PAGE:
LONDON, Ont. — To put on the Ottawa Senators sweater that Daniel Alfredsson wore for nearly two decades is to accept that you’ll probably be asked about the departed captain.
Even at a prospects tournament that featured only a handful of guys who have played a NHL game, some of the Senators players were questioned about the franchise’s current leadership situation and how they might plug a hole in the lineup.
That discussion will reach a whole other level when the Sens officially set about moving on from Alfie at training camp later this week.
“We have to fill that void,” general manager Bryan Murray told sportsnet.ca on Sunday.
“Our business is one of change,” he added. “There’s not a team in this league, whether they win the Stanley Cup or otherwise, that doesn’t have to make a change or two. Sometimes you want to do it; a lot of times you’re forced to do it.
“In this case, we were somewhat forced to do it.”
Alfredsson’s decision to leave the only NHL franchise he had ever known and sign with Detroit this summer caused a stir in the nation’s capital.
His former teammates expect it to become a major talking point again during training camp and are eager to put it to rest. Jason Spezza, who is considered the front-runner to replace Alfredsson as captain, believes it will take about a week to do that — at least before interest spikes again when Ottawa visits Joe Louis Arena on Oct. 23.
Spezza is confident that the team won’t have any trouble carrying on without its longtime leader.
“For us, the one thing is that Alfie is an older player and there’s been a lot of talk of retirement over the last couple years,” he told sportsnet.ca. “So we’ve kind of come to grips with the fact that we’re going to be without him anyways — we just didn’t think he would be moving to another team.
“That’s the part that surprised everybody but we knew the day would come that he was going to be out of the room.”
There will have to be adjustments made throughout the organization.
Alfredsson wore the “C” for 14 seasons — an eternity in pro sports — and became an important resource for head coach Paul MacLean and the team’s management staff in recent years. MacLean has already declared that everyone has to move on without No. 11, but that will probably be a little easier said than done.
“Alfie was included in a lot of decisions we made,” explained Murray. “He was a good sounding board for management and coaches, we took advantage of that and we’ll see (what happens now). But we do think we have some strong people in the room and he wasn’t the sole leader by any means.”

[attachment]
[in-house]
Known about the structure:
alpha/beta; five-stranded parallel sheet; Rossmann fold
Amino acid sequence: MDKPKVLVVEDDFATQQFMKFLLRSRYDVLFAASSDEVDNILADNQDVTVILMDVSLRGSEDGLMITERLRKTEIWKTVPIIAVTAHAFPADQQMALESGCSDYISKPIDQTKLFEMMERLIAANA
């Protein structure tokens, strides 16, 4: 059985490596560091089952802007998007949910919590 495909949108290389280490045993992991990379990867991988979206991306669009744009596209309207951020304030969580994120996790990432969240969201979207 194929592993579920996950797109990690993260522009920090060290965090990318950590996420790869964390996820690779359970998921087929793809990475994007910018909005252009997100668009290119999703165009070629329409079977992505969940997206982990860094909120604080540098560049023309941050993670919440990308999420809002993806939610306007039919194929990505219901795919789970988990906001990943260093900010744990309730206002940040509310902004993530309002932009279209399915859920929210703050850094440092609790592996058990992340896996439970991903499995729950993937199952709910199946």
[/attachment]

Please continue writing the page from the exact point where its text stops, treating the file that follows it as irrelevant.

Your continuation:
In addition to Spezza, the team’s core includes longtime Sens Chris Phillips and Chris Neil — not to mention veteran goaltender Craig Anderson.
Murray thinks the franchise has enough quality prospects to draw from when filling out the lineup. Centre Jean-Gabriel Pageau followed up his surprising playoff performance last spring with a strong showing at the prospects tournament and fellow forwards Mark Stone, Curtis Lazar and Shane Prince aren’t too far behind him.
Pageau is intent on forcing the Senators to keep him out of training camp and believes Spezza is ready to handle more responsibility inside the dressing room this season.
“(He) has been there for a couple years now and I think he shows that he has good potential to be a good leader,” said Pageau. “He’s real nice with everyone and every time he’s on the ice he gives everything he has.”
There are a few similarities between Alfredsson and Spezza: Both were drafted by the Sens and grew into elite NHL players with the organization. They also spent a fair bit of time as linemates over the years.
Spezza has spoken with Alfredsson about his decision and harbours no bad feelings about how the situation played out.
“I think I understand his reasons,” said Spezza. “When you get to that point of your career you’re allowed to make your own decisions and he’s obviously thought things through. Do I agree with some of the reasons? Not really.
“But I really respect that it’s his decision.”
There also isn’t any ambiguity for Murray, who made a few pointed comments about Alfredsson’s agent, J.P. Barry, after the player’s departure.
“Whether it was the debate over finances or the debate over anything else, the bottom line was I think he felt that going to Detroit gave him a legitimate chance to win the Stanley Cup,” said Murray.
With the Red Wings moving into the realigned Atlantic Division alongside Ottawa, it won’t be very difficult to measure whether it was a wise choice or not.
It also guarantees that the Senators will continue to be asked about their former captain throughout the season. They are willing to oblige, but only to a point.
“I imagine we’re going to talk about it through the first week of training camp and we’re going to talk about it when we meet Detroit, but I can’t imagine we’re going to want to talk about it too much more after that,” said Spezza.
“We’re not going to have too much time to be talking about a guy that’s on another team.”
No matter how much he once meant to this one.